Product Category: Accessory
System Requirements: Most phones running Android 2.2, list here
Specifications: Dimensions 11.0 x 35.0 x 35.0 Weight 15.0 g, micro-USB charging, wearable on a clip or on included watchband.
- I don't have to take my phone out every 10 minutes during a meeting;
- Plugin system shows promise;
- Low price.
- Reconnection is a pain;
- Some assembly required;
- Lack of touch screen.
Summary: The LiveView is a device that acts as an "essentials" screen for your smartphone, tethering to it and displaying notifications and incoming messages. It's described as a LiveView Window to your world. But how well does it actually accomplish this task? Read on for the scoop.
Setup & Customization
The LiveView is a tethered device, meaning that it must be connected to an Android phone via Bluetooth, and can be worn either as a watch or clip. Installing the LiveView really is a two step process. The first step is to determine how you'd like to use/wear the device. The device can either be clipped to something (perhaps the outside of your gadget bag) or worn on a wristband like a watch. The device comes with the clip attachment already attached, which requires a small bit of prying to remove (Unlike other devices, it doesn't feel like you're going to destroy the device by removing the clip as directed). Placing it on the watch band is similar to mounting a traditional watch - you need to use the two small tension posts provided to secure it. After initially securing it, the watch band can be removed in a similar fashion as the clip, leaving them interchangeable with only small effort.
Figure 1: The included watch strap, the LiveView snaps into the bracket.
Figure 2: The clip.
Once you have the device mounted and charged, it's time to download the software. LiveView, for some weird reason, has two Android Market apps. As best as I can tell, only the LiveView Application is needed, while the LiveView LiveWare Manager is not required (even though it's mentioned in the user's manual). First though, before installing the software, you'll want to install the latest firmware to the device, found here. Otherwise you'll probably have the same connection issues that I had. After the update, the device stayed paired up for hours without a problem.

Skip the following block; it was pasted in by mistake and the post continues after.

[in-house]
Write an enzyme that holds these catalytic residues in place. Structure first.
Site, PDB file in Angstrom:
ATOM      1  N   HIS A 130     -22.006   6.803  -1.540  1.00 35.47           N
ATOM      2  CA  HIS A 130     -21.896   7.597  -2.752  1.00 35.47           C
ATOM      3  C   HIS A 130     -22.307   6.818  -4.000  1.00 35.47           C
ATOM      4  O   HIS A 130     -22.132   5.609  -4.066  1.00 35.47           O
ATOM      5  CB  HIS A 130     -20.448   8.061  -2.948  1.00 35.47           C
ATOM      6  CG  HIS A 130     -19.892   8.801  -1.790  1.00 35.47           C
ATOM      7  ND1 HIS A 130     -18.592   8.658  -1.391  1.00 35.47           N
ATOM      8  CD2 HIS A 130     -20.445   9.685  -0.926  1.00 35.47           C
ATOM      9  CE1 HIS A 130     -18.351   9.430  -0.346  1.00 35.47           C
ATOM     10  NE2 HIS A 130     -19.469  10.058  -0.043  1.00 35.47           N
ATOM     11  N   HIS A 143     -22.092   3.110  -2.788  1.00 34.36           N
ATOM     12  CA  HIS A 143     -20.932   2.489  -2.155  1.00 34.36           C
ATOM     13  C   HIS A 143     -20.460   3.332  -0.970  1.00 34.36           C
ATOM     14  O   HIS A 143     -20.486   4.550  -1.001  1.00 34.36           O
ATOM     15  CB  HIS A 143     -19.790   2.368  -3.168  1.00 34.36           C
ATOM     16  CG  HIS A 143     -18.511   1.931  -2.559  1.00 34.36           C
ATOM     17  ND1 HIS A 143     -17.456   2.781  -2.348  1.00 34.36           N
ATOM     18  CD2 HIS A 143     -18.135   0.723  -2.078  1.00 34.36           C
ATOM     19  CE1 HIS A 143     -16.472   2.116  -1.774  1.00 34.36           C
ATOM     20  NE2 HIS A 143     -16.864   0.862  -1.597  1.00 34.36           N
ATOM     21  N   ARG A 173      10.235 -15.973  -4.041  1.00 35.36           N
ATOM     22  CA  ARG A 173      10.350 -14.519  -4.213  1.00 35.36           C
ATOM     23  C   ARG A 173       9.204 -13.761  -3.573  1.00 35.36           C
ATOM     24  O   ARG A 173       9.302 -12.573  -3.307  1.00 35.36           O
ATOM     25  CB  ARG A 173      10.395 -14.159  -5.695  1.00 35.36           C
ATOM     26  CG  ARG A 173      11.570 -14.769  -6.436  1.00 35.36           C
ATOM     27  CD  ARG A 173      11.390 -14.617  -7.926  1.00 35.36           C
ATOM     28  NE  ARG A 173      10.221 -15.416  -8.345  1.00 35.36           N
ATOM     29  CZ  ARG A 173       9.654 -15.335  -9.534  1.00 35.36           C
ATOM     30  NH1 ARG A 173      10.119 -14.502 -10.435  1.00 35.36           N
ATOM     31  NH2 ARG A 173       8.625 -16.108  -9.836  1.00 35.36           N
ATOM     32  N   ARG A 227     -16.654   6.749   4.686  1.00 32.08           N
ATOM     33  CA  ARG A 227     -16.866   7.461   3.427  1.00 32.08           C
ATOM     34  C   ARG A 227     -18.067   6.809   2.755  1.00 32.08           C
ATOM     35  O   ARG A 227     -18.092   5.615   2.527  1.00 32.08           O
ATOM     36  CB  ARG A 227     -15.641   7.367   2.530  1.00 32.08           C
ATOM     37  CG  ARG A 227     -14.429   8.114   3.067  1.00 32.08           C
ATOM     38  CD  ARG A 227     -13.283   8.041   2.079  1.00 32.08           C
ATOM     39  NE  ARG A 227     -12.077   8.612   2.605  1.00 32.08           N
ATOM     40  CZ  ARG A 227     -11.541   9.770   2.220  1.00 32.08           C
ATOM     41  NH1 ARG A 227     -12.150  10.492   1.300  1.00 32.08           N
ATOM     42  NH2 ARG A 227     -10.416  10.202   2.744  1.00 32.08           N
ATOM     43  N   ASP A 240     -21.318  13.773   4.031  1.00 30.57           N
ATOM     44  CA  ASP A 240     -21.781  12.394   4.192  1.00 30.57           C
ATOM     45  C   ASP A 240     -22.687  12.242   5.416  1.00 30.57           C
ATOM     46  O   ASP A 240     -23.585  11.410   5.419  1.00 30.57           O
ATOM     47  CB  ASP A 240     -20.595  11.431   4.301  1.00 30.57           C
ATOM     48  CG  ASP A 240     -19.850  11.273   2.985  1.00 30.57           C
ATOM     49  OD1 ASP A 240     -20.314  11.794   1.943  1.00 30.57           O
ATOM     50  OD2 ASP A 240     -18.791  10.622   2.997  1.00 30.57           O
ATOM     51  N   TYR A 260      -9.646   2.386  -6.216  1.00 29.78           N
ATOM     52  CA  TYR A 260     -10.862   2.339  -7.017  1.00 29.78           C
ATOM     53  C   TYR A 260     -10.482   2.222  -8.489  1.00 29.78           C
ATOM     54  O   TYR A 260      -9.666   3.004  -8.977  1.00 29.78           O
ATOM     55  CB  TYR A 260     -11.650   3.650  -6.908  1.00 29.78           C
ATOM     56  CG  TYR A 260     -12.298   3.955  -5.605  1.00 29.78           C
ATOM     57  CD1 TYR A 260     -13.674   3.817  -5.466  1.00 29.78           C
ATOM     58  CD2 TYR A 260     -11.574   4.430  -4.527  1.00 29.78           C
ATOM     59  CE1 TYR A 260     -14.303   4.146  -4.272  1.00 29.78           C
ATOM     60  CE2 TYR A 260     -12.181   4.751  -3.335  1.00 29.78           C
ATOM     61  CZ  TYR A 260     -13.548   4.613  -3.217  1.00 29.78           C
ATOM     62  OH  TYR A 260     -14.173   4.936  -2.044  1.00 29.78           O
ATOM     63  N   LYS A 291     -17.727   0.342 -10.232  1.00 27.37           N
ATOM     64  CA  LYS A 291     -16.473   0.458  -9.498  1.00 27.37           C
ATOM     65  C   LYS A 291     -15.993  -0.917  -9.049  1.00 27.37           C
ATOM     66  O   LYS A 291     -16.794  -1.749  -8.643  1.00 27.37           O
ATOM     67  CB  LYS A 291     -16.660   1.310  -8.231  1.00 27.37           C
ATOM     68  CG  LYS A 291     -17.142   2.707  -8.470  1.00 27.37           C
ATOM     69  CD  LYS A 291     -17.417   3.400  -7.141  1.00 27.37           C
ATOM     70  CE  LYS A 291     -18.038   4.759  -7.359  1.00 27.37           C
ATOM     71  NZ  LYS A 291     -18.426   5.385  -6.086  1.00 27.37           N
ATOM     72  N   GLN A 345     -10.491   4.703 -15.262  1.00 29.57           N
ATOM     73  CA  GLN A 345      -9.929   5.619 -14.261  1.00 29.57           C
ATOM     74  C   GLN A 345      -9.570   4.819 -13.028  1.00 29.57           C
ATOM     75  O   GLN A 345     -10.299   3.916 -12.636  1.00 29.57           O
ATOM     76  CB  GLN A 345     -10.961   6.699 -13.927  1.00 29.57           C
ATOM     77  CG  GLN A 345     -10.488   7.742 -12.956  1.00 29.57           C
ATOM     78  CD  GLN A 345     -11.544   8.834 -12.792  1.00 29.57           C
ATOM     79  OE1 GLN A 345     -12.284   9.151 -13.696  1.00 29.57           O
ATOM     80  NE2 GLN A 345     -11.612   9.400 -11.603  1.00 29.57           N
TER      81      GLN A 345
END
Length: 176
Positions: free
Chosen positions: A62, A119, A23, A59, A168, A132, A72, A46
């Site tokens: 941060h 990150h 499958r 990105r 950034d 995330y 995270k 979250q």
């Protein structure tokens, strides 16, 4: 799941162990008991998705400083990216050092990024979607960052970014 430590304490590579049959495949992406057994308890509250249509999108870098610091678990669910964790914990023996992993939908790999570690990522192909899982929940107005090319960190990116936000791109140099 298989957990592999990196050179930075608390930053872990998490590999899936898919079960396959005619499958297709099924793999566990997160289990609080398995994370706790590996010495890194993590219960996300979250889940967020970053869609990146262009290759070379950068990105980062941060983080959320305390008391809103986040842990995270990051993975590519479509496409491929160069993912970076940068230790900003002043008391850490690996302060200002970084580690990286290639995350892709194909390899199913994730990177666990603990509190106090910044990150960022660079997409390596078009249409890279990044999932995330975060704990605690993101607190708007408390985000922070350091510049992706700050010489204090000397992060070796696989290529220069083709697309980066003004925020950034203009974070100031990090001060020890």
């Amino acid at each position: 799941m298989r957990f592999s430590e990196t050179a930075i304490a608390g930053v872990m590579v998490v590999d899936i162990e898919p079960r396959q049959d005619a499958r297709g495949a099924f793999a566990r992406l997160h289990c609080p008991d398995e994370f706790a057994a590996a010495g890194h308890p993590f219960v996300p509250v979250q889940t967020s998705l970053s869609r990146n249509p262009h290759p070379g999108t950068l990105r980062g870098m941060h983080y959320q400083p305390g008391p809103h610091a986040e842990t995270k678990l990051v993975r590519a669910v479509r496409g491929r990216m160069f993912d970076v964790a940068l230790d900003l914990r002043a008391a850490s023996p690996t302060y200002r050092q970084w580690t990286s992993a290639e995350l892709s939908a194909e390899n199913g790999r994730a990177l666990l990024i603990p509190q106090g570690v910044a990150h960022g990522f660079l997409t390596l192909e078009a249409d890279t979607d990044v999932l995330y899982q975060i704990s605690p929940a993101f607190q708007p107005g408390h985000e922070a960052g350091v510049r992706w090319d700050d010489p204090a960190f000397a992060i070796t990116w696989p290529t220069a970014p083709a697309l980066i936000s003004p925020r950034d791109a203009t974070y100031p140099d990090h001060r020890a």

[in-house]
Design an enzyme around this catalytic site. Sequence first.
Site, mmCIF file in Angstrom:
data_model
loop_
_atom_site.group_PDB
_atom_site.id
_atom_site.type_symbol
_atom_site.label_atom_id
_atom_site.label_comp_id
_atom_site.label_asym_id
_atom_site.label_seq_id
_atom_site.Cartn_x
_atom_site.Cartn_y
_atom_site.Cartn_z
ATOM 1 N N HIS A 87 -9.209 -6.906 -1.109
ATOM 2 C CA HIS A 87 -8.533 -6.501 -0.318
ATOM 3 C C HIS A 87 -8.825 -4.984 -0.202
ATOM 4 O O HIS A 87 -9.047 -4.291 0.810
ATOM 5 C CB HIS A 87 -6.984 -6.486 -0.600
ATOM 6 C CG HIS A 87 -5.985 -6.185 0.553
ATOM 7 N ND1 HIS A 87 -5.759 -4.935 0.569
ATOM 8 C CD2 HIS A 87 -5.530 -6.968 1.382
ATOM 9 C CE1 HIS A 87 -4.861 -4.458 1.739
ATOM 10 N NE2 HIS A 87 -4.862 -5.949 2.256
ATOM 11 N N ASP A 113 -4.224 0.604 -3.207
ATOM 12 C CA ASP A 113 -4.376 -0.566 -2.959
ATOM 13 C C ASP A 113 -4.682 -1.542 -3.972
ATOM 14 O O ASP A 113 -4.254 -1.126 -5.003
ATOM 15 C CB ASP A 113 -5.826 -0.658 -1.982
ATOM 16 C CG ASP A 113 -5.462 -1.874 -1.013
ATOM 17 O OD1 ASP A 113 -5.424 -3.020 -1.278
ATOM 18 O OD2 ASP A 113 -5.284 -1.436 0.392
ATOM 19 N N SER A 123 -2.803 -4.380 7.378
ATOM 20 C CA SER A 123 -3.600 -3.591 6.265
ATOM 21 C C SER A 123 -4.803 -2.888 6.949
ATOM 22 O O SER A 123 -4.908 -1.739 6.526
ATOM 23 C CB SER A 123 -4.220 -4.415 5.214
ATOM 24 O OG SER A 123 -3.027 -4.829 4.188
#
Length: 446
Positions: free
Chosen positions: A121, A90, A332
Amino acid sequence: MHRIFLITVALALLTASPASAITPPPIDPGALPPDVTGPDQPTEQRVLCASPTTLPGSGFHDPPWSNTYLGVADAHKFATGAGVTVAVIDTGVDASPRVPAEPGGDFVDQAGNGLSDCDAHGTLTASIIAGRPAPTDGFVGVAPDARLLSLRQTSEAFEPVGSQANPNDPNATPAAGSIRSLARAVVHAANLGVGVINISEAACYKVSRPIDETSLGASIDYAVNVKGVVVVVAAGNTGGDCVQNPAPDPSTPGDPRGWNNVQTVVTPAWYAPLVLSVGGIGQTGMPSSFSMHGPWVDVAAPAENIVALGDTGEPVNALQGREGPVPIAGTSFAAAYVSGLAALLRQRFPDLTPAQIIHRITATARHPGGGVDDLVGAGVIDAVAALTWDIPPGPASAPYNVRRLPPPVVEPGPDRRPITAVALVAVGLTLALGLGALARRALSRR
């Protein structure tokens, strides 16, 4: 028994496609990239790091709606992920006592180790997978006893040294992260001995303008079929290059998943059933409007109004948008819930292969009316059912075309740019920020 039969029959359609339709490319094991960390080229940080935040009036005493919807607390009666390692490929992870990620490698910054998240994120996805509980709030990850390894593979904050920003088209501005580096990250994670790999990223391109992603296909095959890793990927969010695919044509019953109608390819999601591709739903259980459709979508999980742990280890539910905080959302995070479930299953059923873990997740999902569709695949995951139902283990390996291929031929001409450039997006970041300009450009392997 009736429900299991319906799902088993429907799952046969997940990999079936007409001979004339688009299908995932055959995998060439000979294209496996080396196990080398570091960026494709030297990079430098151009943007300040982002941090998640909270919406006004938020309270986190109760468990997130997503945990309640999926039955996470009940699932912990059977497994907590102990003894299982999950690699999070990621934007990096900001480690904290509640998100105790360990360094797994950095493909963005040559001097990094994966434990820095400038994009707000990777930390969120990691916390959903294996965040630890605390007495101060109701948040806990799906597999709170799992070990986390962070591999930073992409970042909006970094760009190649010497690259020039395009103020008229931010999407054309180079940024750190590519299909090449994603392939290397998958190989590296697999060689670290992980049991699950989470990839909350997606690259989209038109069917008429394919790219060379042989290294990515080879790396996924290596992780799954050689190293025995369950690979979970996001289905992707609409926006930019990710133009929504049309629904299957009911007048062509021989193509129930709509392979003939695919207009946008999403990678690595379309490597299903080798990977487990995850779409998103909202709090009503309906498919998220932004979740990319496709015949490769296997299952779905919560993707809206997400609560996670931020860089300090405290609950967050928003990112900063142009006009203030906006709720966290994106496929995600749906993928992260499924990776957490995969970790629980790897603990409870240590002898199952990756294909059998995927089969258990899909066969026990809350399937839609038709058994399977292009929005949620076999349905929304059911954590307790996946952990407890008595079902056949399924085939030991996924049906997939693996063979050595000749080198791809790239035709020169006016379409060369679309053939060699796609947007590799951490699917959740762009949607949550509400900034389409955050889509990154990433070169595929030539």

Once connected and setup, all configuration is done on the device. The LiveView has two buttons, a power button on the left and a selector button on the right. You can also tap on the borders of the screen to scroll through options. However simple things, like clearing the notifications, must be done on your phone. The plugin system - around 15 are currently available - lets you extend the built-in features (messages, Facebook, Twitter) along with things like Gmail, media player controllers, and the OpenWatch API, which comes quite in handy if you decide to do a bit of hacking and customizing!
Figure 3: The LiveView's Scrolling Menu. Tapping on the left or right border of the screen advances to the next / previous item.
A product like the LiveView is something I think of as just begging to be hacked. It's existing software is by no means exhaustive of what it could be capable of. One of the neat things about it is the built-in plugin system, which allows you to download software to enhance a few key elements (i.e. control music players other than the default). Taking it a step further, you can also download an OpenWatch API plugin that will allow your phone to send OpenWatch commands to the LiveView. Pairing this ability up with, say, Tasker, a well known android scripting application, provides nearly limitless potential for communicating specific information to your LiveView. It's a bit sad that the device isn't more full featured to start with, but having the ability to flesh it out with your own scripts should make any power user smile.
Overall the LiveView offers a lot of potential, with only basic features built in. While highly novel in hardware implementation (i.e. the ability to switch from clip to watch, touch sensitive D-pad), it's software is lackluster, only providing basic support. Through plugins and scripting one can get much more use out of it (i.e. it can control music playback, volume, and also trigger Tasker events), but that does come at the price of hours of tinkering to get it exactly right. Stability, even after the update, may become an annoyance for some if they have an environment prone to disrupt Bluetooth communication.
Jon Westfall is the Executive Editor of Android Thoughts, a member of the Thoughts Media Network. In his spare time he studies how humans make decisions as a member of the PAMLab and Center for Decision Sciences at Columbia Business School. He lives in Peekskill, New York, with his wife Karey, cat, and antisocial parakeet.
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